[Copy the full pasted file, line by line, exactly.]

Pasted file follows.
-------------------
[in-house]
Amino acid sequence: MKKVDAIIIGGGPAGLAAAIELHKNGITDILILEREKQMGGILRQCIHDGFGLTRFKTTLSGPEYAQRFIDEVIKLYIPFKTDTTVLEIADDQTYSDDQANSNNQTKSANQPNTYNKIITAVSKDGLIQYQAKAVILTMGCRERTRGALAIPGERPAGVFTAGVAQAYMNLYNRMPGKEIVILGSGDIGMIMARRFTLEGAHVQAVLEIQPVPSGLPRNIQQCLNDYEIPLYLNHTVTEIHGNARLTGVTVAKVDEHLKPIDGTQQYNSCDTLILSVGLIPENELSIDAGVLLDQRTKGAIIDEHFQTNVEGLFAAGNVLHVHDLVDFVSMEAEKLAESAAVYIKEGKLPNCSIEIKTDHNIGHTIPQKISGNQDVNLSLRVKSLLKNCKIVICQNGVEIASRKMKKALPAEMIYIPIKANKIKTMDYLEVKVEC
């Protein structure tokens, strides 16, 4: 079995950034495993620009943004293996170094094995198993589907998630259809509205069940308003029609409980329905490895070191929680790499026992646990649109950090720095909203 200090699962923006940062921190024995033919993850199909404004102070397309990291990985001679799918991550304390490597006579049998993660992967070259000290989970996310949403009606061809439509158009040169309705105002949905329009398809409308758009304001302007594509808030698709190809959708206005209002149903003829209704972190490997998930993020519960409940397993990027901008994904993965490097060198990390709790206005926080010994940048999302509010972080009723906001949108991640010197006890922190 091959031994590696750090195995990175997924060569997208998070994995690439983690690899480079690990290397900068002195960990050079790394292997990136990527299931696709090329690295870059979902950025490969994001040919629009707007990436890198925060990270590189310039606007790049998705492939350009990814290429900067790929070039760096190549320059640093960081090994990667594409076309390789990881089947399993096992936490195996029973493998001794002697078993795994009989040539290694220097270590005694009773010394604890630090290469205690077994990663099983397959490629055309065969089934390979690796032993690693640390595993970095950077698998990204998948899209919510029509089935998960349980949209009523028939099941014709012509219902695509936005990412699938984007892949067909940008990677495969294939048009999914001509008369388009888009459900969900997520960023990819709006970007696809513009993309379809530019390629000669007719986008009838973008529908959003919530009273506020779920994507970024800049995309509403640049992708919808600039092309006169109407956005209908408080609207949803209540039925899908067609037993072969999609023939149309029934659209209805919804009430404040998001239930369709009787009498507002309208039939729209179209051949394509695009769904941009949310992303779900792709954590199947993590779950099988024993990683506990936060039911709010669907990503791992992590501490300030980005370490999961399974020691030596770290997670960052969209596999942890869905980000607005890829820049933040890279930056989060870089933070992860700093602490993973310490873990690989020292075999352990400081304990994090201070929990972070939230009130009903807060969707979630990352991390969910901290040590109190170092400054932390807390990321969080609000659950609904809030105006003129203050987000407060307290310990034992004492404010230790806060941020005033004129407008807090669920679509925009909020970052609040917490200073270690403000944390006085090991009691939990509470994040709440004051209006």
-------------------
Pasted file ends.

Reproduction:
[in-house]
Amino acid sequence: MKKVDAIIIGGGPAGLAAAIELHKNGITDILILEREKQMGGILRQCIHDGFGLTRFKTTLSGPEYAQRFIDEVIKLYIPFKTDTTVLEIADDQTYSDDQANSNNQTKSANQPNTYNKIITAVSKDGLIQYQAKAVILTMGCRERTRGALAIPGERPAGVFTAGVAQAYMNLYNRMPGKEIVILGSGDIGMIMARRFTLEGAHVQAVLEIQPVPSGLPRNIQQCLNDYEIPLYLNHTVTEIHGNARLTGVTVAKVDEHLKPIDGTQQYNSCDTLILSVGLIPENELSIDAGVLLDQRTKGAIIDEHFQTNVEGLFAAGNVLHVHDLVDFVSMEAEKLAESAAVYIKEGKLPNCSIEIKTDHNIGHTIPQKISGNQDVNLSLRVKSLLKNCKIVICQNGVEIASRKMKKALPAEMIYIPIKANKIKTMDYLEVKVEC
């Protein structure tokens, strides 16, 4: 079995950034495993620009943004293996170094094995198993589907998630259809509205069940308003029609409980329905490895070191929680790499026992646990649109950090720095909203 200090699962923006940062921190024995033919993850199909404004102070397309990291990985001679799918991550304390490597006579049998993660992967070259000290989970996310949403009606061809439509158009040169309705105002949905329009398809409308758009304001302007594509808030698709190809959708206005209002149903003829209704972190490997998930993020519960409940397993990027901008994904993965490097060198990390709790206005926080010994940048999302509010972080009723906001949108991640010197006890922190 091959031994590696750090195995990175997924060569997208998070994995690439983690690899480079690990290397900068002195960990050079790394292997990136990527299931696709090329690295870059979902950025490969994001040919629009707007990436890198925060990270590189310039606007790049998705492939350009990814290429900067790929070039760096190549320059640093960081090994990667594409076309390789990881089947399993096992936490195996029973493998001794002697078993795994009989040539290694220097270590005694009773010394604890630090290469205690077994990663099983397959490629055309065969089934390979690796032993690693640390595993970095950077698998990204998948899209919510029509089935998960349980949209009523028939099941014709012509219902695509936005990412699938984007892949067909940008990677495969294939048009999914001509008369388009888009459900969900997520960023990819709006970007696809513009993309379809530019390629000669007719986008009838973008529908959003919530009273506020779920994507970024800049995309509403640049992708919808600039092309006169109407956005209908408080609207949803209540039925899908067609037993072969999609023939149309029934659209209805919804009430404040998001239930369709009787009498507002309208039939729209179209051949394509695009769904941009949310992303779900792709954590199947993590779950099988024993990683506990936060039911709010669907990503791992992590501490300030980005370490999961399974020691030596770290997670960052969209596999942890869905980000607005890829820049933040890279930056989060870089933070992860700093602490993973310490873990690989020292075999352990400081304990994090201070929990972070939230009130009903807060969707979630990352991390969910901290040590109190170092400054932390807390990321969080609000659950609904809030105006003129203050987000407060307290310990034992004492404010230790806060941020005033004129407008807090669920679509925009909020970052609040917490200073270690403000944390006085090991009691939990509470994040709440004051209006």